Tunxis hosts screening for depression Oct. 10


An estimated one in 10 adults in the U.S. has reported feeling depressed, according to the Centers for Disease Control and Prevention (CDC).
Of the 19 million Americans who suffer from depression each year, many experience their first symptoms just before or during college, the University of Michigan Depression Center reported.
In response to this mental health issue, Tunxis Community College in Farmington plans to hold its National Depression Screening Day on Thursday, Oct. 10 from 10 a.m. to 2 p.m. for a free mental health check-up, along with anonymous informational screenings for depression and other mood disorders including anxiety, bipolar disorder, and post traumatic stress disorder (PTSD).
The public will have the opportunity to take a five-minute questionnaire that addresses mood disorders as well as to speak with a counselor and screeners. Vivian Craven, a counselor at Tunxis who helps coordinate the event, said the screening has helped so many people since it started at the college ten years ago.
“We decided that it was worth the funding,” Craven said. “These disorders are treatable, usually with a combination of therapy and medication.”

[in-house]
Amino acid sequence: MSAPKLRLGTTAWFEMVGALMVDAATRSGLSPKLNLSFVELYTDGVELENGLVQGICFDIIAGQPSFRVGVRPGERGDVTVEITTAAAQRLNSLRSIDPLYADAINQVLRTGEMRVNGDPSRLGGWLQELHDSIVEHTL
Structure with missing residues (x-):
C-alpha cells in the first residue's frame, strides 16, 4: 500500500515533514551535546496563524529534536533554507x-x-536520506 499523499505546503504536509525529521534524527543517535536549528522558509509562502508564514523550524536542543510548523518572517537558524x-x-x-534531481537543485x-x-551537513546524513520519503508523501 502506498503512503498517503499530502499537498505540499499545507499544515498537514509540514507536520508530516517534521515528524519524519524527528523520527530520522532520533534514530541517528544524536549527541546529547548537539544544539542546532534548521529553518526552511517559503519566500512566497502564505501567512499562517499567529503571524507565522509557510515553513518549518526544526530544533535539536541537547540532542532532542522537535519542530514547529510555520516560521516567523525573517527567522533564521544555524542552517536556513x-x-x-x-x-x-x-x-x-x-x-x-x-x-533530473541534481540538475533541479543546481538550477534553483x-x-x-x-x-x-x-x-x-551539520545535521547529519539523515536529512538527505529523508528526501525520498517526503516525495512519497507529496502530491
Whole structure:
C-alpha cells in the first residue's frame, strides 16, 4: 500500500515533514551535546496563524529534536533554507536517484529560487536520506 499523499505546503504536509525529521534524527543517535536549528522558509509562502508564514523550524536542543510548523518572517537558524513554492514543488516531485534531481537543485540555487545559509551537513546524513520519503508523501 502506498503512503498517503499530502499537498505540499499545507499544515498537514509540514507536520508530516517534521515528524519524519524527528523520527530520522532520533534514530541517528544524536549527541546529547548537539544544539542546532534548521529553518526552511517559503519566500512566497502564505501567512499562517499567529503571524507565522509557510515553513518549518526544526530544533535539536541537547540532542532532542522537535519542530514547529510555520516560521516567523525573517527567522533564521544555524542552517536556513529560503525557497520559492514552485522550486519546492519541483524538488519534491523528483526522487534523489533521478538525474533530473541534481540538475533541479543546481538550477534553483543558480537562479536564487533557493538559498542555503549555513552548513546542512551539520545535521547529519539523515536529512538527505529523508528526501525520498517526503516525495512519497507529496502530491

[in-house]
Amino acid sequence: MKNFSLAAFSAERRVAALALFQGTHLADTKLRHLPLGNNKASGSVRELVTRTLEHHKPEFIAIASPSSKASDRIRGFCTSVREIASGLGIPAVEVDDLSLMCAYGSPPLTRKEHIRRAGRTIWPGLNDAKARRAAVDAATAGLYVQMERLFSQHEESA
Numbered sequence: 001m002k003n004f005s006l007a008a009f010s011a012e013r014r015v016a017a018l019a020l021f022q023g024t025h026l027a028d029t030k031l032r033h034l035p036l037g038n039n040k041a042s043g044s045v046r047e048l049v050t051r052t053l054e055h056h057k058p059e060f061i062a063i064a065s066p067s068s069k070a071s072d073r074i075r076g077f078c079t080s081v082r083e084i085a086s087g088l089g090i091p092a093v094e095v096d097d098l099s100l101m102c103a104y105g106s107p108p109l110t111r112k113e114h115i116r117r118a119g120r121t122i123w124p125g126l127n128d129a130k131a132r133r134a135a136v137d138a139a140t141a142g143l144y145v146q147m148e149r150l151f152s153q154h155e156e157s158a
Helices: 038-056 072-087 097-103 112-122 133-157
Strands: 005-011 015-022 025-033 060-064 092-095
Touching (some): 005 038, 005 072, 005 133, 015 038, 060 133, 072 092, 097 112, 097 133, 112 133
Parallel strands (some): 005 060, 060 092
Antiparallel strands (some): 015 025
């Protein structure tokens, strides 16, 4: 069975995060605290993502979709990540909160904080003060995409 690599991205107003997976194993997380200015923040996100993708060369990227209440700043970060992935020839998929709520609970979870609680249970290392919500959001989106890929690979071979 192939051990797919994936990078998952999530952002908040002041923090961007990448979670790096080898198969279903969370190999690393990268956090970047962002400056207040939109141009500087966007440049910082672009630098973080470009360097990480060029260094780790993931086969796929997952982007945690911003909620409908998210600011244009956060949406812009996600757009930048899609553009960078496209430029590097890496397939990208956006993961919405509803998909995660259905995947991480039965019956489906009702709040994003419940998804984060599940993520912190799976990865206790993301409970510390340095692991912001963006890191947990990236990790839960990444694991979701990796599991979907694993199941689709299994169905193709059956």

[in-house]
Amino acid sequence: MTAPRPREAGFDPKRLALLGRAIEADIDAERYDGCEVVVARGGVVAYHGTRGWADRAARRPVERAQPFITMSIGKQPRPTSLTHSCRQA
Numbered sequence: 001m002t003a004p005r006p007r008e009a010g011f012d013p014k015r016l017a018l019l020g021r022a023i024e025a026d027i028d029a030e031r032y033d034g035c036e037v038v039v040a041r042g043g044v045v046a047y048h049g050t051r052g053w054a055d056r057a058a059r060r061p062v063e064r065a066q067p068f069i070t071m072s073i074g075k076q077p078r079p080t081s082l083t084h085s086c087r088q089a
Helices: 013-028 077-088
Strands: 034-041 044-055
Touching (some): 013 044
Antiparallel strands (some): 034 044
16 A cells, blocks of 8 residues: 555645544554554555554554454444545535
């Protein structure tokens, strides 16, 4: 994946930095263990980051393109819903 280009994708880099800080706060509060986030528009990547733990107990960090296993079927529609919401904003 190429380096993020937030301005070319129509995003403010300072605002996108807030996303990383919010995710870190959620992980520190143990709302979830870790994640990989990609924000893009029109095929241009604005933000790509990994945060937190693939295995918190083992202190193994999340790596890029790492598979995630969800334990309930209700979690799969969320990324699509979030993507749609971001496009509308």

Dr. Frances O’Neil, a psychologist at Tunxis who helps recruit volunteers to help out with the event, encourages people to undergo the screening so they can become aware of the symptoms they may experience.
“Many people may be experiencing listlessness, lack of energy and enthusiasm…and interpret the symptoms as due to physical or maybe even economic problems,” Dr. O’Neil said. “Yet these can be just a few of the indicators of depression.”
Dr. O’Neil also said that with the onset of the fall and winter, residents in the northern climate may experience Seasonal Affective Disorder.
“The lack of sunlight may cause them to sleep more, put on weight and feel blue,” she said. “This condition can be remedied.”
According to the CDC, an individual who feels depressed may exhibit sadness or anxiety for weeks at a time. Other signs of depression include feelings of hopelessness and guilt, irritability, loss of appetite or overeating, insomnia, fatigue and decreased energy, persistent aches or pains, headaches, digestive problems that do not improve, lost of interest in activities that were once enjoyable and thoughts of suicide.
Craven said everyone may experience these signs at certain points in their lives, especially when they lose a loved one or a job. But she reported that these signs become serious when they interfere with everyday activities for a long period of time.
“Everyone will go through situations,” Craven said. “It [becomes serious] when it goes beyond a certain period of time, when it is affecting your life.”
National Depression Screening Day takes place annually in October to spread awareness of depression and other mental health disorders, and to inform the public about treatments and symptoms.
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